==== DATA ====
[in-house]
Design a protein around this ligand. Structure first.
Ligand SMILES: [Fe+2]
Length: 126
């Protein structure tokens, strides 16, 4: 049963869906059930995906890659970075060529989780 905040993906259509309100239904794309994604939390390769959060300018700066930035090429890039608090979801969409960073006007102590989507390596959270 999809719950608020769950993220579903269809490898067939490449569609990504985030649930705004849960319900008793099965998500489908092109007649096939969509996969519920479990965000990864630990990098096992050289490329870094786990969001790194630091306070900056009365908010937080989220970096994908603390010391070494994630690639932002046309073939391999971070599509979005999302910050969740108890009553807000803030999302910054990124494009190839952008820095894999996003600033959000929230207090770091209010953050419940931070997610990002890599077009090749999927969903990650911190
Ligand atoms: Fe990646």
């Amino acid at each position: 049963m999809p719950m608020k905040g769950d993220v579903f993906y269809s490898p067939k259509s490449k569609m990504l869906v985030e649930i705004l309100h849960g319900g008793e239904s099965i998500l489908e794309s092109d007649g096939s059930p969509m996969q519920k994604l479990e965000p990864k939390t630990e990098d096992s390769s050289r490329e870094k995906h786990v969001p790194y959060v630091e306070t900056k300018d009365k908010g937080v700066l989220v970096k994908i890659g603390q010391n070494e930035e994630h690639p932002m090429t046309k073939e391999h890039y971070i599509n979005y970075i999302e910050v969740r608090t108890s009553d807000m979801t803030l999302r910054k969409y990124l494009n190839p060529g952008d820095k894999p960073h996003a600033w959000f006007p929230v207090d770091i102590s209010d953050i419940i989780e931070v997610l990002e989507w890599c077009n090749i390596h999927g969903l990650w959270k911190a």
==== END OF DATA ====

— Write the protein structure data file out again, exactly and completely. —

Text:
[in-house]
Design a protein around this ligand. Structure first.
Ligand SMILES: [Fe+2]
Length: 126
């Protein structure tokens, strides 16, 4: 049963869906059930995906890659970075060529989780 905040993906259509309100239904794309994604939390390769959060300018700066930035090429890039608090979801969409960073006007102590989507390596959270 999809719950608020769950993220579903269809490898067939490449569609990504985030649930705004849960319900008793099965998500489908092109007649096939969509996969519920479990965000990864630990990098096992050289490329870094786990969001790194630091306070900056009365908010937080989220970096994908603390010391070494994630690639932002046309073939391999971070599509979005999302910050969740108890009553807000803030999302910054990124494009190839952008820095894999996003600033959000929230207090770091209010953050419940931070997610990002890599077009090749999927969903990650911190
Ligand atoms: Fe990646």
């Amino acid at each position: 049963m999809p719950m608020k905040g769950d993220v579903f993906y269809s490898p067939k259509s490449k569609m990504l869906v985030e649930i705004l309100h849960g319900g008793e239904s099965i998500l489908e794309s092109d007649g096939s059930p969509m996969q519920k994604l479990e965000p990864k939390t630990e990098d096992s390769s050289r490329e870094k995906h786990v969001p790194y959060v630091e306070t900056k300018d009365k908010g937080v700066l989220v970096k994908i890659g603390q010391n070494e930035e994630h690639p932002m090429t046309k073939e391999h890039y971070i599509n979005y970075i999302e910050v969740r608090t108890s009553d807000m979801t803030l999302r910054k969409y990124l494009n190839p060529g952008d820095k894999p960073h996003a600033w959000f006007p929230v207090d770091i102590s209010d953050i419940i989780e931070v997610l990002e989507w890599c077009n090749i390596h999927g969903l990650w959270k911190a």